Louisville, Kentucky, and the rest of the world said goodbye to "The Greatest" on Friday, showering affection on Muhammad Ali during a fist-pumping funeral procession through the streets of his hometown followed by a star-studded memorial service where he was saluted as an outspoken breaker of racial barriers.
Comedian Billy Crystal asked: "Didn't he make all of our lives a little bit better?"
All were in agreement: Yes, Muhammad Ali did.
Speakers at the public memorial service included former President Bill Clinton, journalist Bryant Gumbel, Crystal and representatives from multiple faiths. About 300 celebrities and dignitaries were among the 15,500 in the crowd at the KFC Yum! Center. The group included Arnold Schwarzenegger, Spike Lee, boxing promoter Don King, former NFL great Jim Brown, Whoopi Goldberg, Kareem Abdul-Jabbar and soccer star David Beckham.
President Barack Obama was unable to attend due to his daughter's high school graduation, but he did write a tribute to the former heavyweight champion and social icon.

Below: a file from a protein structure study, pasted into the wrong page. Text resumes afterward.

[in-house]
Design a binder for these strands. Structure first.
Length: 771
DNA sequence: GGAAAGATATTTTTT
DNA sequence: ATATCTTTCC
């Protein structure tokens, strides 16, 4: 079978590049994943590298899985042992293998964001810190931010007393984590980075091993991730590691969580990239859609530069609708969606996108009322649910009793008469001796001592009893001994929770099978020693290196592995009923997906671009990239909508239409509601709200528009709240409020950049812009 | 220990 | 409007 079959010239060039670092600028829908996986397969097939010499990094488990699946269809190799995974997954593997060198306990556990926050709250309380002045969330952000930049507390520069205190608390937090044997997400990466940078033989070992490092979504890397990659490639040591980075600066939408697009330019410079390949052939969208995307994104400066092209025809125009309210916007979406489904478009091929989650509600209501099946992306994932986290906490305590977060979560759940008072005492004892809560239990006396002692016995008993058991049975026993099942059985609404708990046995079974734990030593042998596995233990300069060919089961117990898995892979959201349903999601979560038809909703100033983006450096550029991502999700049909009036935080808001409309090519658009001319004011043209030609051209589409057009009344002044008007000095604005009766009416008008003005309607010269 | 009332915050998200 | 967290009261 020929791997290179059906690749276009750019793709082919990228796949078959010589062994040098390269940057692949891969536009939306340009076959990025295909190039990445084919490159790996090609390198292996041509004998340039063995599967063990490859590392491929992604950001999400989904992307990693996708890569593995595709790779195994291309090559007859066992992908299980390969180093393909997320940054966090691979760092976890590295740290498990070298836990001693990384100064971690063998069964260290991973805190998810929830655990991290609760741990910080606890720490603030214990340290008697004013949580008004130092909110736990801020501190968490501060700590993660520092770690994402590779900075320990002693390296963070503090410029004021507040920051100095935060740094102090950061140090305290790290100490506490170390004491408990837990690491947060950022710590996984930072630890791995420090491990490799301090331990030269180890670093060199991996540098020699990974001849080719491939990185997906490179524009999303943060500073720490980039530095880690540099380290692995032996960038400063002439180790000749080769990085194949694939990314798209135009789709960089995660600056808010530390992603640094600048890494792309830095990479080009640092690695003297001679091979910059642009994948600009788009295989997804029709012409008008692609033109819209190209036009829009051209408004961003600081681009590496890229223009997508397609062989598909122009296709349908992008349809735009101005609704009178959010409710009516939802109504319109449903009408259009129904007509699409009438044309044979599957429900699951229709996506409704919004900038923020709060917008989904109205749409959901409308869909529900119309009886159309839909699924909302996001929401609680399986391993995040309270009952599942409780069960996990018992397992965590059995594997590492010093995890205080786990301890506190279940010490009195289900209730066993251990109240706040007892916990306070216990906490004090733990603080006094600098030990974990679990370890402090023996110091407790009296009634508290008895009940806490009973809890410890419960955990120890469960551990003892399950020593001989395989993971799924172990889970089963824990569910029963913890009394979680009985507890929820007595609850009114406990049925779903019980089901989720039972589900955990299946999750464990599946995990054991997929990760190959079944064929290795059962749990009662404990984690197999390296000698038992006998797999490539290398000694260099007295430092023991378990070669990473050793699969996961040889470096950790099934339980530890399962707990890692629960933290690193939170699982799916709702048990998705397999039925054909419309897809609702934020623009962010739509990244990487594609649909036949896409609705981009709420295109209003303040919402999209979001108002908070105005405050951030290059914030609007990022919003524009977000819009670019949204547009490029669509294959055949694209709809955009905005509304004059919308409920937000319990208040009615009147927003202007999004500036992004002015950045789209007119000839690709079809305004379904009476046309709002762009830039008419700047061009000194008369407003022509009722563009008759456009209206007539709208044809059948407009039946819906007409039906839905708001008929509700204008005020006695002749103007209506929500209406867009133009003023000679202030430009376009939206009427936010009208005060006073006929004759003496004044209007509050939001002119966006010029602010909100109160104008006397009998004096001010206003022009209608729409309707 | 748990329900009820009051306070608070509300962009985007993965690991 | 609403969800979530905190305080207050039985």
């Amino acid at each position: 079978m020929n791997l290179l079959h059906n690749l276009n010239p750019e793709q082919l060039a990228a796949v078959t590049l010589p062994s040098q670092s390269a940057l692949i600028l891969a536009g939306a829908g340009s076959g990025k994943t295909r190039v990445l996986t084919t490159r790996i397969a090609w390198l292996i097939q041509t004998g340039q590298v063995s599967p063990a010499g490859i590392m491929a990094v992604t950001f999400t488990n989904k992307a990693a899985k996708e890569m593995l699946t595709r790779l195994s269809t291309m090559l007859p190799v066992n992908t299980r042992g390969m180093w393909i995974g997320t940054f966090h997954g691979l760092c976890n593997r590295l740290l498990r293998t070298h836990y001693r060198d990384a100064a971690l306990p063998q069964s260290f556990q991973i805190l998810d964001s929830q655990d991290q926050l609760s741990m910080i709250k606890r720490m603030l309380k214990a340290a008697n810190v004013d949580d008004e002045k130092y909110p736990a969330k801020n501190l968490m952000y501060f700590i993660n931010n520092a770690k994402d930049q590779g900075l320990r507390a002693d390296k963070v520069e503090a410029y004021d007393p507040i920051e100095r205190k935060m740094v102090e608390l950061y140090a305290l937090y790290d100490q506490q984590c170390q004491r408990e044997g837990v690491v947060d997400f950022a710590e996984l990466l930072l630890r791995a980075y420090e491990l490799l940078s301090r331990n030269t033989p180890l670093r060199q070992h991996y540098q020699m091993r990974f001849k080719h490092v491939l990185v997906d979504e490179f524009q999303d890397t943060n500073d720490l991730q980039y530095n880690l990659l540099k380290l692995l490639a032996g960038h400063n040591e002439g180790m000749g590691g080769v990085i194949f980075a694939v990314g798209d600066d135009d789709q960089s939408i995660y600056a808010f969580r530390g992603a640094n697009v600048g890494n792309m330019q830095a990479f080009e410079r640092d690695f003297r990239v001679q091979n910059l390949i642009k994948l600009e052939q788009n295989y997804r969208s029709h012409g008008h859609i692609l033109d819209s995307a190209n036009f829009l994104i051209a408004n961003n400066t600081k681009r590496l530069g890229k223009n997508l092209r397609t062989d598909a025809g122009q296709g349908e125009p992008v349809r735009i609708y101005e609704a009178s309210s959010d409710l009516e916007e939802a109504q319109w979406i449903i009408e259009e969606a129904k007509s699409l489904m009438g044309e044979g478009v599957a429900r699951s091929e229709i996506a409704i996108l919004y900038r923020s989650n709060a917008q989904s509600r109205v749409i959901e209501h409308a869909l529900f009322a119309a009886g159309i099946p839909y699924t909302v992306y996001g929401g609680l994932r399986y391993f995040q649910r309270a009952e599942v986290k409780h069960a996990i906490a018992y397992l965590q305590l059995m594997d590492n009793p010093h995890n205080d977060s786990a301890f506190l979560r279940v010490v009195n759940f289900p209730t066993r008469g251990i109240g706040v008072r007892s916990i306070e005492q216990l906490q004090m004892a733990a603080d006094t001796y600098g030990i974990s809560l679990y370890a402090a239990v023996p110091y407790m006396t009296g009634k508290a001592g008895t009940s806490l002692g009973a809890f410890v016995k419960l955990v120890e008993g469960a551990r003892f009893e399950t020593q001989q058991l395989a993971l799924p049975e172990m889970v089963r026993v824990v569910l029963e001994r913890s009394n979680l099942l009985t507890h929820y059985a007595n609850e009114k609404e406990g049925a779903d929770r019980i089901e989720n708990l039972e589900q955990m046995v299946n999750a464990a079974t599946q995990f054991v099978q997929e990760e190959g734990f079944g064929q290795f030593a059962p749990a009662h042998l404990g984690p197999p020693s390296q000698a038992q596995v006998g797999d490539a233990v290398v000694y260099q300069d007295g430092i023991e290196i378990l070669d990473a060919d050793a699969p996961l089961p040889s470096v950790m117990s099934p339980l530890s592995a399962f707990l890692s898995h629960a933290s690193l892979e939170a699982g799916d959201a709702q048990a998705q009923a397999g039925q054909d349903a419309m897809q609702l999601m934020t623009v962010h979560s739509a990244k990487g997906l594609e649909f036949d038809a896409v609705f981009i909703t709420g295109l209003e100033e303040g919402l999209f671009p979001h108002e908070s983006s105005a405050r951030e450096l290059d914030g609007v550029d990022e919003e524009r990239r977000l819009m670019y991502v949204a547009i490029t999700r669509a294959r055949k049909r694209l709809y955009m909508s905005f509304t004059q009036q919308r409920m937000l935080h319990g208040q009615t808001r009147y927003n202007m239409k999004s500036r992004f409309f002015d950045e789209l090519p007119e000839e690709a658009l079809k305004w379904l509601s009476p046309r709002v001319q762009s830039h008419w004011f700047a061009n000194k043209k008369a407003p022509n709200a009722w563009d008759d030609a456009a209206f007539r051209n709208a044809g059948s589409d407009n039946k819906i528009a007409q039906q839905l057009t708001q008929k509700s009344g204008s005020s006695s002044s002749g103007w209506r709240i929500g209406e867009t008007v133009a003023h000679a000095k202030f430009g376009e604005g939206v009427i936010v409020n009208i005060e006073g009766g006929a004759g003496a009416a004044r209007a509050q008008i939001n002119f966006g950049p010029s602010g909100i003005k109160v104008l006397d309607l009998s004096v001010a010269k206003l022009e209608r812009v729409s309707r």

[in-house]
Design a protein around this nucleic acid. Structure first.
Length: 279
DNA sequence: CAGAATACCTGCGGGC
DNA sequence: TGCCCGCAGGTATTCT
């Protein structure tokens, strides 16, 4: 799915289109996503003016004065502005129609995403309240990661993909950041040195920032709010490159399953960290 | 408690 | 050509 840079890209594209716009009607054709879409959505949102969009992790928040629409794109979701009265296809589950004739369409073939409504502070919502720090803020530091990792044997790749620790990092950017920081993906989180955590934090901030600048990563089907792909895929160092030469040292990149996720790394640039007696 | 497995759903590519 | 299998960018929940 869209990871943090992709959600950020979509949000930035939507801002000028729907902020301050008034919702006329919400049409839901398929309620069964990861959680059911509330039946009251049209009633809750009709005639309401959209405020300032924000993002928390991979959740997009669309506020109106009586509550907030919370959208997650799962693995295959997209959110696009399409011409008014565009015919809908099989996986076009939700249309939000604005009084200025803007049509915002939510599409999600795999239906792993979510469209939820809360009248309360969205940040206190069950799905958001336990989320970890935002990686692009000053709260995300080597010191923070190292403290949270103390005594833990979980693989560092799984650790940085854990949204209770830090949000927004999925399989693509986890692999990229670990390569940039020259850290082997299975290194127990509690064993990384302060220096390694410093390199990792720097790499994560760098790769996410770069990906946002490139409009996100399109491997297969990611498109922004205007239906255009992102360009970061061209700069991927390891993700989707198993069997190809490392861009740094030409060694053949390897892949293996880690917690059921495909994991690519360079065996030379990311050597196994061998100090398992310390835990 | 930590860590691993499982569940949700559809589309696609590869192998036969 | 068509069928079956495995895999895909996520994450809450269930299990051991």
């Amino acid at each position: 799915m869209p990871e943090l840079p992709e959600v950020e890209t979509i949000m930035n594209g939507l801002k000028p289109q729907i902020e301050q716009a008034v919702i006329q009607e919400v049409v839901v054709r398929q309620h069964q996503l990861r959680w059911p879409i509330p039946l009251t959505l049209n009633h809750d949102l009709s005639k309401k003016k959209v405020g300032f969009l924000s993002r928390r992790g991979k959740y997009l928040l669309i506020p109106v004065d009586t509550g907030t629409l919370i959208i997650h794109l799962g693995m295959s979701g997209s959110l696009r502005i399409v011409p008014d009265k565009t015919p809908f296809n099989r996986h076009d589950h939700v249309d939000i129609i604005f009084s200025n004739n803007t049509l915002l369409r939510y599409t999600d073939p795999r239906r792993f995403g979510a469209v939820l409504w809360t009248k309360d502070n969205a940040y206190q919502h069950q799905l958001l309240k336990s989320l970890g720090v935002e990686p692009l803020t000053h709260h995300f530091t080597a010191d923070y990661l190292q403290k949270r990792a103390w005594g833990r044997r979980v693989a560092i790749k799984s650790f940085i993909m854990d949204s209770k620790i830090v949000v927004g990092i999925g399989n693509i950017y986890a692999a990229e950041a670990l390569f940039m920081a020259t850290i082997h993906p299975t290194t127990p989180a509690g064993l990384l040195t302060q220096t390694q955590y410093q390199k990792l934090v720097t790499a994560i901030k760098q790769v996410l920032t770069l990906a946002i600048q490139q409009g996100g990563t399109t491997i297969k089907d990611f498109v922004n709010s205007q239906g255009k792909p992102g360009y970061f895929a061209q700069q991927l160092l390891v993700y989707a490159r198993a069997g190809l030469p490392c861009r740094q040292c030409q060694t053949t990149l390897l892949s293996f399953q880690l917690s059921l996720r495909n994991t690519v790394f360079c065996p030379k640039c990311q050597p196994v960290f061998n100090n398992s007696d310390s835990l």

"The man we celebrate today is not just a boxer, or a poet, or an agitator, or a man of peace," Obama wrote in a letter read by senior White House adviser Valerie Jarrett. "He was not just a Muslim or a black man or a Louisville kid. ... He wasn't even just the greatest of all time. He was Muhammad Ali -- the whole far greater than the sum of its parts. He was bigger, brighter and more original and influential than just about anyone of his era. You couldn't have made him up. And yes, he was pretty, too.
"Muhammad Ali was America -- brash, defiant, pioneering, joyful, never tired, always game to test the odds. He was our most basic freedoms -- religion, speech, spirit. He embodied our ability to invest ourselves."
Ali's widow, Lonnie, took the stage amid thunderous chants and reminded the thousands listening that her late husband's message still resonates. She said he was prepared to sacrifice all he had, all that he was, to follow his soul.
"Even in death, Muhammad has something to say. It is far more difficult to sacrifice oneself in search of peace than to take up arms," she said.
"His power toppled the mightiest of foes, and his intense light shined on America, and we were able to see clearly in justice, in equality, poverty, pride, self-realization, courage, laughter, love, joy and religious freedom for all. Ali forced us to take a look at ourselves. This brash young man who thrilled us, angered, us, confused and challenged us, ultimately became a silent messenger of peace who taught us that life is best when you build bridges between people, not walls." Billy Crystal, on Muhammad Ali
Crystal drew fast laughs when he took to the stage.
"We're at the halfway point,'' he said jokingly, referencing the length of the memorial service -- more than three hours, after being delayed from a 2 p.m. ET start to about 3.